I've also enjoyed nonprofit writing. A number of years ago the president of our Chamber of Commerce asked if I would write a column on retiring in our area. There would be no pay, but I could advertise my books in my byline. It would not need to be any longer than five hundred words. "And you can write that in your sleep," she added.

She was right. I've penned "Retiring on the Bayou" for quite awhile now. I've interviewed people and told of their exciting pursuits since they left their nine-to-five jobs.

But now it's time for mine. I just finished a column for the paper and started it by saying it would be my last. They should easily find someone else to create a different column. I will have more time to write my novels--but I'll miss having so many people in town tell me how much they enjoy my columns.

Thursday, October 27, 2016

Characters That Form Our Lives

and Later Come Alive in Our Stories

by Jackie King
One of my earliest memories is sitting in a circle with my brother, sister and various neighbor kids as my mother told us stories. Delia Hodges Sprague could spin a yarn about any character or characters we might name. Let’s say that I wanted a story about Cinderella, my sister Joan wanted the heroine to be Wonder Woman and my brother J.D., chose Tarzan of the Apes.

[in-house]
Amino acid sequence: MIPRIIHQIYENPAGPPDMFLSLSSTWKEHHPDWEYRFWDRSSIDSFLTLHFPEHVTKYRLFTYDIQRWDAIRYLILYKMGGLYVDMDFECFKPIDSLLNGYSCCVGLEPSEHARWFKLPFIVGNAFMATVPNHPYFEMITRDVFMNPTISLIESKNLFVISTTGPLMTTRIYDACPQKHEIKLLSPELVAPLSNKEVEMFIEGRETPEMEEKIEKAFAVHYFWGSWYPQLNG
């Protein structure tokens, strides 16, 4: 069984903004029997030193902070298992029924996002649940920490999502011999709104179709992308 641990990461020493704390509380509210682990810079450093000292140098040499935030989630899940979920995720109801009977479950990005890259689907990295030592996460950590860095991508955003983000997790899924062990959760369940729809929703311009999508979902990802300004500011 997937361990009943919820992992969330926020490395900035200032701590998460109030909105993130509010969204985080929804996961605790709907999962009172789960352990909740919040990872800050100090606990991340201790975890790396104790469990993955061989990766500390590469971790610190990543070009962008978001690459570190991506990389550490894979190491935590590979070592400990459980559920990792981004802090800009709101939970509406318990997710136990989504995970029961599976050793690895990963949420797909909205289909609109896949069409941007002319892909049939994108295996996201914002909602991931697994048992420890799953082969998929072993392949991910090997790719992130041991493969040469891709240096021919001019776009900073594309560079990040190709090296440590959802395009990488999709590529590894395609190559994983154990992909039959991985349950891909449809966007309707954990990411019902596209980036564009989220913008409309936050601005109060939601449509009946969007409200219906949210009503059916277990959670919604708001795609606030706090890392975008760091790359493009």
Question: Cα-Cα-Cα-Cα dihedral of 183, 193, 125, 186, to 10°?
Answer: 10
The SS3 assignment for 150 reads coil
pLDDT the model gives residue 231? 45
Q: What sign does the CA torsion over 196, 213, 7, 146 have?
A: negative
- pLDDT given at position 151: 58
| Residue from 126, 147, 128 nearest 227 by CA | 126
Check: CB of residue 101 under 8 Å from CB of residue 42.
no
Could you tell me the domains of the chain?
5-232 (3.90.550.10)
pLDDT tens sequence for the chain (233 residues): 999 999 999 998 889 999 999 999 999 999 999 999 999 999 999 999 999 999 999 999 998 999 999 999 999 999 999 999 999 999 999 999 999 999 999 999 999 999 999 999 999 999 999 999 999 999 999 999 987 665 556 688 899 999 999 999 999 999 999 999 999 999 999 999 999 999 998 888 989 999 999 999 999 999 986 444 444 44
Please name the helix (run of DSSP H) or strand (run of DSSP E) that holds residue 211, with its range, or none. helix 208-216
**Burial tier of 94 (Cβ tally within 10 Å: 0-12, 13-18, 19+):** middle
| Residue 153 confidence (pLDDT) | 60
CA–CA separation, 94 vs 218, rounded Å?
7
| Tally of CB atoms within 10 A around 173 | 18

No problem to Mother. She’d create one tale using each of these characters. The story would be exciting and it would make sense. At least to kids.

Delia Hodges Sprague was a storyteller, an actress, a teacher and a sometimes writer. This redheaded dynamo was smart, fun and very temperamental. My childhood was sometimes difficult, sometimes frightening and always challenging. But life was never boring.

Mother taught me to read, and when there was nothing to read, to make up stories inside my head and entertain myself with imaginary friends and foes.

Delia Hodges Sprague is often found in my books. Sometimes she’s in the guise of a father, a mother or a best friend. In my latest mystery, MURDER AT THE EDGE OF NOWHERE set in the land of her childhood, the Oklahoma Panhandle, she’s walks and breathes in the character of Winnie Doolittle.
$3.99 at Amazon Kindle
Delia faced real danger with lionhearted courage: she rode boxcars from Oklahoma to New York state at the age of 20, challenged rattlesnakes in my grandparents pasture and tarantulas in the outhouse of a country school. But small things shattered her: imagined slights, walking into her bank to ask for a loan or having a conversation with her own father.

When I was a child she often awoke screaming bloody murder from recurrent nightmares; battled depression her entire life and fought breast cancer until her death. She was an extraordinary woman of courage. I loved her with all my heart. But she wasn’t an easy mother to have.